Original research article

The authors used this protocol in:
Jun 2015

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Human Blood Component Vaccinia Virus Neutralization Assay    

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Many therapeutic viruses, such as oncolytic viruses, vaccines, or gene therapy vectors, may be administered by the intravenous route to maximize their delivery to target tissues. Blood components, such as antibody, complement and blood cells (such as neutrophils, monocytes, T cells, B cells or platelets) may result in viral neutralization and therefore reduce the therapeutic efficacy. This protocol will describe an in vitro assay by which to test the interaction of viruses with blood components. The effect of various factors can be isolated through fractionation. While whole blood can offer the most physiologically relevant snapshot, plasma can investigate the effects of antibody in concert with complement, and heat inactivated plasma will interrogate the effect of antibody alone.

Keywords: Complement, Antibody, Neutralization, Virus

Materials and Reagents

  1. BD Vacutainer 7 ml Glass Serum Tubes, No Additive, Silicone-Coated Interior (BD, catalog number: 366431 )
  2. Eppendorf tubes (1.5 ml)
  3. T175 cm2 culture flasks (Corning Inc., catalog number: 431079 )
  4. 12-well plates culture plates (Corning Inc., catalog number: 3513 )
  5. 15 ml Falcon tubes (BD Biosciences, Falcon®, catalog number: 352096 )
    Note: Currently, it is “Thermo Fisher Scientific, FalconTM, catalog number: 352096 ”.
  6. Insulin syringes 27G1/2” (Terumo Medical Corporation, catalog number: SS05M2713 )

  7. 0.22 μm Millipore® StericupTM filter unit (Merck Millipore Corporation, catalog number: SCGPU05RE )
  8. Alcohol wipes
  9. U2OS human osteosarcoma tumor cells (ATCC), grown in complete DMEM (10% FBS)

  10. Vaccinia virus stock ≥ 5 x 106 pfu/ml
  11. 1x sterile phosphate-buffered saline (PBS) (Hyclone, catalog number: 21-031-CV )
    Note: Currently, it is “Mediatech, Inc., Corning, catalog number: 21-031-CV ”.
  12. Fetal bovine serum (FBS) (Sigma-Aldrich, catalog number: F1051 )
  13. Dulbecco’s modified Eagle medium (DMEM) culture media (Hyclone, catalog number: 10-031-CV )
    Note: Currently, it is “Mediatech, Inc., Corning, catalog number: 10-031-CV ”.
  14. 2x DMEM powder (Life Technologies, catalog number: 12800-017 )
    Note: Currently, it is “Thermo Fisher Scientific, GibcoTM, catalog number: 12800-017 ”.
  15. Carboxymethylcellulose (CMC) (Sigma-Aldrich, catalog number: C5678-1KG )
  16. Sodium bicarbonate (Thermo Fisher Scientific, catalog number: S233-500 )
  17. 100x Penicillin-Streptomycin (GE Healthcare, Hyclone, catalog number: SV30010 )
  18. Refludan (Lepirudin)
  19. Crystal violet (Sigma-Aldrich, catalog number: C0775 )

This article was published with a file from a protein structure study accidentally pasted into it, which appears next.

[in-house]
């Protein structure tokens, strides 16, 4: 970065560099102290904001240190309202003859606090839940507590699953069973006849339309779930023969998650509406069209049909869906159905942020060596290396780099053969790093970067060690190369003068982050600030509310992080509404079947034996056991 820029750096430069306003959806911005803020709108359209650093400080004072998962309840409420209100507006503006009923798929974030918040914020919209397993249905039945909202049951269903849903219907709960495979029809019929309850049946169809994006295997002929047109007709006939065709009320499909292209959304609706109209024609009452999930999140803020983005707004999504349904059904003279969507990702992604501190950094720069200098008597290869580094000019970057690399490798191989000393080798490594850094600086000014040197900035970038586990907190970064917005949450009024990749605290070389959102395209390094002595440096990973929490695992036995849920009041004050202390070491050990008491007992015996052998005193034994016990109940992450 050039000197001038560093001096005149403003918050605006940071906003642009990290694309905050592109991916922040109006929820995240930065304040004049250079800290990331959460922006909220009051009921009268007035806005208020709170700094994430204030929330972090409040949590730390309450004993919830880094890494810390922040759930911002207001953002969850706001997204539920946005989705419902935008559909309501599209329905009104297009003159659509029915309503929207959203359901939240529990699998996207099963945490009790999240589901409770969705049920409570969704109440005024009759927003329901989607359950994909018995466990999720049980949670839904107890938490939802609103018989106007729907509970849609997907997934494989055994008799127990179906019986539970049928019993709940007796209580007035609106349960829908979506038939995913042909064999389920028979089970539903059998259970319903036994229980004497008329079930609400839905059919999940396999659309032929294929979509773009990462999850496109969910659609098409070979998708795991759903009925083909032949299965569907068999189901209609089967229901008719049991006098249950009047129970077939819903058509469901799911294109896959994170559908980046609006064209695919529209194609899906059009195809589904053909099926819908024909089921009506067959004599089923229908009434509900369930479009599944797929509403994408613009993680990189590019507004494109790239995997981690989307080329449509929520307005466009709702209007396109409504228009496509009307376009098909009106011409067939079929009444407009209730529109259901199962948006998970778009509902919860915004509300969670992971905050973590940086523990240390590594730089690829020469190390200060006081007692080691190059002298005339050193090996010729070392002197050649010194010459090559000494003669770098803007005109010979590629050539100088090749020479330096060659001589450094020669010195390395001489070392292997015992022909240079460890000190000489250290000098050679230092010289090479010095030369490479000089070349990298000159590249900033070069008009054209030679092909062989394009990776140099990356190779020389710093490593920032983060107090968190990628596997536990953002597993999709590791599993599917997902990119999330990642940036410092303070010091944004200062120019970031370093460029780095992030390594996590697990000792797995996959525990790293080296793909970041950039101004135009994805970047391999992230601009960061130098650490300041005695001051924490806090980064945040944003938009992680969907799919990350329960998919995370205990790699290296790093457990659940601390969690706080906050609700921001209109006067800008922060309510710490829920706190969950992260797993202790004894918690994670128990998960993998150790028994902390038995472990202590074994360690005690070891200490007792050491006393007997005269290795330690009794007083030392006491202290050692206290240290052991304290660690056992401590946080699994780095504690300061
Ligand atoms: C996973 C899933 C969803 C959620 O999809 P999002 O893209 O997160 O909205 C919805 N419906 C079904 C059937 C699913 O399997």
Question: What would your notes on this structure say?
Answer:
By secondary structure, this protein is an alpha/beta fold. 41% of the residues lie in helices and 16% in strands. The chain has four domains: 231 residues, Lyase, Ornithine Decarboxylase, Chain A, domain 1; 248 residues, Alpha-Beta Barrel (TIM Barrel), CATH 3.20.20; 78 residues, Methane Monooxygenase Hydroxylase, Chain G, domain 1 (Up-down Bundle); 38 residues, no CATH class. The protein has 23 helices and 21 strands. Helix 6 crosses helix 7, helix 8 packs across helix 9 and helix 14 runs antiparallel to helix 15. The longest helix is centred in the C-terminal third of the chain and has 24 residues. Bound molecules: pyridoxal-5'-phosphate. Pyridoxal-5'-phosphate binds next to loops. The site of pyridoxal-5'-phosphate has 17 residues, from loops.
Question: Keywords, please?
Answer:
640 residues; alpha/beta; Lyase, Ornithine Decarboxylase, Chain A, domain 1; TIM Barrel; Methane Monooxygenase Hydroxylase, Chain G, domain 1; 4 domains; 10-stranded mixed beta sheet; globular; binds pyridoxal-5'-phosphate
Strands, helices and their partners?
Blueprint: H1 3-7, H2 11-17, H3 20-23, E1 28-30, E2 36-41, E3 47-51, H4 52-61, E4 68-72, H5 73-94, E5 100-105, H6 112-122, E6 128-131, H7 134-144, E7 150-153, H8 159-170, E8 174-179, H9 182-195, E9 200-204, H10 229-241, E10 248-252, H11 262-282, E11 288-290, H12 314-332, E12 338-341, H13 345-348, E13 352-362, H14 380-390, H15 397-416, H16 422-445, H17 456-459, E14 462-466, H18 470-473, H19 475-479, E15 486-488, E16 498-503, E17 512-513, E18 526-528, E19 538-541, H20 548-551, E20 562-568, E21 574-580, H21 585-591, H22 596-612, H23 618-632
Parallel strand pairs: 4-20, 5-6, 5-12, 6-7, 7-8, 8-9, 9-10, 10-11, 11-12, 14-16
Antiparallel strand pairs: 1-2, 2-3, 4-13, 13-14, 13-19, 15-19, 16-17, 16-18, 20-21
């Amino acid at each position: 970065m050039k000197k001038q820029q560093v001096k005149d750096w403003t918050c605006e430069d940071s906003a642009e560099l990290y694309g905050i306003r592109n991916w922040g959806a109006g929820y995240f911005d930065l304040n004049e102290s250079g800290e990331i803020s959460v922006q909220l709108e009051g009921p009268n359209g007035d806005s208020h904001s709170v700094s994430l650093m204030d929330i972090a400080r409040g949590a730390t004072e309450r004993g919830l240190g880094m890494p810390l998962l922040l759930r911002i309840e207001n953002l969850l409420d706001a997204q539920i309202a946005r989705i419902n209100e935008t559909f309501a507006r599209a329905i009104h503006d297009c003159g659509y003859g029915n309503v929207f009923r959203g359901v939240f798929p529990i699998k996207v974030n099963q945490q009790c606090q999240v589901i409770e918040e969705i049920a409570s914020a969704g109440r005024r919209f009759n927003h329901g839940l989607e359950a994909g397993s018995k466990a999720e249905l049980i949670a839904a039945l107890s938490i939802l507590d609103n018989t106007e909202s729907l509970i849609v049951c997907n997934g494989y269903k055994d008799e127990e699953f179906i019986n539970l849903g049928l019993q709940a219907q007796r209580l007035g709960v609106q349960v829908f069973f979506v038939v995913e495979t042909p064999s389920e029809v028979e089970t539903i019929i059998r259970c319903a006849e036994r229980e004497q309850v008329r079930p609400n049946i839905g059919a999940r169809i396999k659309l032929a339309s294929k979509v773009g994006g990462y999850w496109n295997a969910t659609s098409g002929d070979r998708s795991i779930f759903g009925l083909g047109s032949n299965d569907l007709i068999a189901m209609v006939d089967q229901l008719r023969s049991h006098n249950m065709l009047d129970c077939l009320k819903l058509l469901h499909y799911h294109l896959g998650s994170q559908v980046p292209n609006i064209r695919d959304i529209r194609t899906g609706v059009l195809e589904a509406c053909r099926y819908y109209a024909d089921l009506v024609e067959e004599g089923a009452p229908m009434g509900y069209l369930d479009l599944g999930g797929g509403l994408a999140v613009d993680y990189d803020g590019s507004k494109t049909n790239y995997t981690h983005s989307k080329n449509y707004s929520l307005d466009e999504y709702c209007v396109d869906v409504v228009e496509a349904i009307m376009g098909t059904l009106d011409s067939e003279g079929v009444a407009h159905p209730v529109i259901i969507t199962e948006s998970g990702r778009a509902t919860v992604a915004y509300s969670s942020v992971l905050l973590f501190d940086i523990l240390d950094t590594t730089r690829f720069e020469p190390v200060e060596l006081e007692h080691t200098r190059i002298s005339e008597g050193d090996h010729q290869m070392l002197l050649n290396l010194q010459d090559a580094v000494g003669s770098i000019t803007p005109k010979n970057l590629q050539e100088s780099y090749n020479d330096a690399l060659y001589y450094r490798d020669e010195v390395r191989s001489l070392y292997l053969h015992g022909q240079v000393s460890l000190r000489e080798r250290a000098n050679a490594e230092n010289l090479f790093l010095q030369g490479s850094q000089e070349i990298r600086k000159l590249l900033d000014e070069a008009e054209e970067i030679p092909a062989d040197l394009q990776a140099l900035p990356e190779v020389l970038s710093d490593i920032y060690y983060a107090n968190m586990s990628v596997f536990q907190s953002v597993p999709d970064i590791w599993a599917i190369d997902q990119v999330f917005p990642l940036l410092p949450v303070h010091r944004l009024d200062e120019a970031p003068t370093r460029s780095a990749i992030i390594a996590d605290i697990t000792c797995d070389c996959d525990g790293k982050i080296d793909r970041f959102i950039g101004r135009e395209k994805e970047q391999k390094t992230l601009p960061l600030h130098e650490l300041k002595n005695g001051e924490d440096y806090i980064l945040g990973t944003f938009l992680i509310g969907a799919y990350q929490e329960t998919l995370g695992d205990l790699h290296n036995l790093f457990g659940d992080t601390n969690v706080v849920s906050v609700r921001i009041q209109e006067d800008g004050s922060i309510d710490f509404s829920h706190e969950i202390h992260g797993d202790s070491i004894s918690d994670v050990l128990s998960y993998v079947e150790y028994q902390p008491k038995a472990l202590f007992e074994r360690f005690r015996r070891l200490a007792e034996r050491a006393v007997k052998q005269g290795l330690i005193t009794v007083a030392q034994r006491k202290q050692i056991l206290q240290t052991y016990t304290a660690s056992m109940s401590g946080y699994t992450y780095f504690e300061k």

20. Methanol (Thermo Fisher Scientific, catalog number: A412P-4 )
  21. 2x DMEM solution (see Recipes)
  22. 3% Carboxymethylcellulose (CMC) (see Recipes)
  23. Titration overlay media (see Recipes)
  24. Crystal violet (see Recipes)


  1. Centrifuge (Thermo Fisher Scientific, model: ST40R ) 

  2. Biosafety cabinet 

  3. 37 °C, 5% CO2 incubator (Sanyo)
  4. ViCell (Beckman Coulter) or hemocytometer cell counter
  5. pH meter
  6. Heat blocks set to 37 °C and 56 °C
  7. BD Vacutainer® Push Button Blood Collection Set with Pre-Attached Holder (example 25G x 0.75 in) (BD, catalog number: 367336 )


  1. Preparation of cells for viral titration
    1. On the day prior to the neutralization experiment, 12 well plates should be set up with U2OS cells seeded at 2.5 x 105 cells/well. The U2OS cell line is a human osteosarcoma line that is highly infectable with Vaccinia virus and forms a very consistent monolayer, making it ideal for Vaccinia virus plaque assays. U2OS cells are cultured in DMEM with 10% FBS and should also be set up in the 12 well plates in the same media. The number of plates should correspond to the number of samples in which virus neutralization is to be assessed and account for duplicate or triplicate titrations.

  2. Collection of blood
    1. Clean the top of the vacutainer collection tube with an alcohol wipe.
    2. Venous blood should be collected by a trained phlebotomist into the vacutainer tube using a butterfly needle with connected vacutainer holder.
    3. Immediately after blood collection, using the insulin syringe, inject Refludan (70 μl of a 100x stock of Refludan to a final concentration of 50 μg/ml) through the rubber top of the tube. Invert several times (4-5 times) at room temperature to ensure proper mixing.

  3. Neutralization assay
    1. Prepare a 250 μl aliquot of whole blood per blood donor in an Eppendorf tube.
    2. Transfer remaining blood to a 15 ml falcon tube and spin at 800 x g for 5 min at room temperature to obtain plasma.
    3. Collect the plasma and prepare two 250 μl aliquots of plasma in Eppendorf tubes per blood donor.
    4. Heat inactivates one plasma sample (30 min at 56 °C) per blood donor to inactivate complement using either a heat block or a water bath.
    5. As a control to verify the amount of input virus under non-neutralizing conditions, prepare an additional tube with 250 μl of serum free media or PBS.
    6. Add 10 μl of prepared virus dilution (5 x 106 pfu/ml) to each sample and vortex very gently (final concentration is 2 x 105 pfu/ml). The total volume of each sample should be 260 μl.
    7. Incubate samples at 37 °C for one hour.

  4. Titration of infectious virus

    Figure 1. Titration procedure schematic

    1. Prepare 6 Eppendorf tubes with 900 μl of SFM per sample.